White House aides prepare Trump testimony

Lisa Mascaro and Mary Clare Jalonick
US President Donald Trump has indicated he may agree to testify in the House's impeachment inquiry

Two top national security aides who listened to President Donald Trump's call with Ukraine are preparing to testify in the Washington impeachment hearings, launching a week of back-to-back sessions.

Lieutenant Colonel Alexander Vindman, attached to he National Security Council, and Jennifer Williams, his counterpart at Vice President Mike Pence's office, say they had concerns as Trump spoke on July 25 with Ukraine's newly-elected president about political investigations into Joe Biden.

After they appear on Tuesday morning, the House will hear in the afternoon from former NSC official Timothy Morrison and Kurt Volker, the former Ukraine special envoy.

In all, nine current and former US officials are testifying in a pivotal week as the House's historic impeachment inquiry accelerates and deepens.

Democrats say Trump demanded Ukraine investigate his Democratic rivals in return for US military aid it needed to resist Russian aggression and that may be grounds for removing the 45th president.

Trump says he did no such thing and the Democrats just want him gone.

"I did not think it was proper to demand that a foreign government investigate a US citizen," said Vindman, an Iraq War veteran.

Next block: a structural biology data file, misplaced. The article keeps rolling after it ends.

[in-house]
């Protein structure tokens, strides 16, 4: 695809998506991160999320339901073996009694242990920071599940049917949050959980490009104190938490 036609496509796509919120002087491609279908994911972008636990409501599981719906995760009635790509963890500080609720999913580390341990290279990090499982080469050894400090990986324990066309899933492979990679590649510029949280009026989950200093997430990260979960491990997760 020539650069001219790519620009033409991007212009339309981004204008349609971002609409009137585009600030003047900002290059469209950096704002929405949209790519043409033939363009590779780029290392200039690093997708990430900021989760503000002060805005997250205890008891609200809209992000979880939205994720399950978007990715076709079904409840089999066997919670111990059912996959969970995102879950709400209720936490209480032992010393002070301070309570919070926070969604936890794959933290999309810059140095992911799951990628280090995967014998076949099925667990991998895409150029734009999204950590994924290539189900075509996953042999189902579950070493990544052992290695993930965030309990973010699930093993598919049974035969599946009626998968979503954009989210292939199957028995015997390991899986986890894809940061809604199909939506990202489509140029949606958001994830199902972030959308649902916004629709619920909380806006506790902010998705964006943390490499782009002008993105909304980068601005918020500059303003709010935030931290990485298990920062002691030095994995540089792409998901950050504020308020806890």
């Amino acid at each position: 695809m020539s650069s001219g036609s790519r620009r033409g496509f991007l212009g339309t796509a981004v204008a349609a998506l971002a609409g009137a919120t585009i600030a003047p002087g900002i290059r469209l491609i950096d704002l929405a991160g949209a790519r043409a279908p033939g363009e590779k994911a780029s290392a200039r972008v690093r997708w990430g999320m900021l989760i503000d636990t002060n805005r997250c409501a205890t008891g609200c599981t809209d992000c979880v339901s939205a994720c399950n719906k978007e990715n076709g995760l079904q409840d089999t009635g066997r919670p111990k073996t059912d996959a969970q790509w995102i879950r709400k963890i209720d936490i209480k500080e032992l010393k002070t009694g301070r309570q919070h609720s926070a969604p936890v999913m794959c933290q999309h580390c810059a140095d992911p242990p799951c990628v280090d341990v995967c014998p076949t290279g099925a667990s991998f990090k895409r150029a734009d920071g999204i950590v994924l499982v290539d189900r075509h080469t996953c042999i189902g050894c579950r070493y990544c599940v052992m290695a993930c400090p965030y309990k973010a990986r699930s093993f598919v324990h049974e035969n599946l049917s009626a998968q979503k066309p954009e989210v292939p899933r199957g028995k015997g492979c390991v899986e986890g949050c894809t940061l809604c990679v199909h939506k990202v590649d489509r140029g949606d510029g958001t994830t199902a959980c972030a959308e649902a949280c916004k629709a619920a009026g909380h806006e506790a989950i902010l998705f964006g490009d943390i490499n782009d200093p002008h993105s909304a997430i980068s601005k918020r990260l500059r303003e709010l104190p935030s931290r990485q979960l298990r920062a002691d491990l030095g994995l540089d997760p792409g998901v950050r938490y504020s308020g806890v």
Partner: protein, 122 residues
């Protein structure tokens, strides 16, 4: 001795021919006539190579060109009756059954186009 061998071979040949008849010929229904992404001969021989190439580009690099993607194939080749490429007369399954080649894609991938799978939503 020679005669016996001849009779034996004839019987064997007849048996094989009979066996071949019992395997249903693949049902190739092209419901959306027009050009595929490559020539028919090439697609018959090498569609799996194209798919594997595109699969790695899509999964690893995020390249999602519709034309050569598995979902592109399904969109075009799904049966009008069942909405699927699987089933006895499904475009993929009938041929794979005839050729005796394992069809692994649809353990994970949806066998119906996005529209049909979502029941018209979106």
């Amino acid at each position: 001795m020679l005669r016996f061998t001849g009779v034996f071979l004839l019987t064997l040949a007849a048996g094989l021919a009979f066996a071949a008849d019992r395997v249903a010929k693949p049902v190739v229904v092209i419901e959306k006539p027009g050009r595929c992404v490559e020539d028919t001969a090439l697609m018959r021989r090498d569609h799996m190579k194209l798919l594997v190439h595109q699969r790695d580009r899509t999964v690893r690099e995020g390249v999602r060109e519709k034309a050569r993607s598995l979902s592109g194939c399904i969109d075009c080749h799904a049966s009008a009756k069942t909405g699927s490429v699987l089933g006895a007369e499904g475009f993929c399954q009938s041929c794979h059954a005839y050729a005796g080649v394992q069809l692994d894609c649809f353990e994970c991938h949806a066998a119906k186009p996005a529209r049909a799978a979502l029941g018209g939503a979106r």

He said there was "no doubt" what Trump wanted from Ukrainian President Volodymyr Zelenskiy.

It wasn't the first time Vindman, a 20-year military officer, was alarmed over the administration's push to have Ukraine investigate Democrats, he testified.

Earlier, during an unsettling July 10 meeting at the White House, Ambassador Gordon Sondland told visiting Ukraine officials they would need to "deliver" before next steps, which was a meeting Zelenskiy wanted with Trump, the officer testified.

"He was talking about the 2016 elections and an investigation into the Bidens and Burisma," Vindman testified, referring to the gas company in Ukraine where Hunter Biden served on the board.

"The Ukrainians would have to deliver an investigation into the Bidens," he said. "There was no ambiguity."

On both occasions, Vindman said, he took his concerns about the shifting Ukraine policy to the lead counsel at the NSC, John Eisenberg.

Williams, a longtime State Department official detailed to Pence's national security team, said she too had concerns during the phone call, which the aides monitored as is standard practice.

When the White House produced a transcript later that day, she put it in the vice president's briefing materials. "I just don't know if he read it," Williams testified in camera.

Sondland, the wealthy donor whose routine boasting about his proximity to Trump has brought the investigation to the president's doorstep, will testify Wednesday.

Others have testified he was part of a shadow diplomatic effort with the president's personal lawyer, Rudy Guiliani, outside of official channels that raised alarms.

Pence's role throughout the impeachment inquiry has been unclear.

The White House has instructed officials not to appear and most have received congressional subpoenas to compel their testimony.

Those doing so have already given closed-door interviews and transcripts from those depositions have largely been released.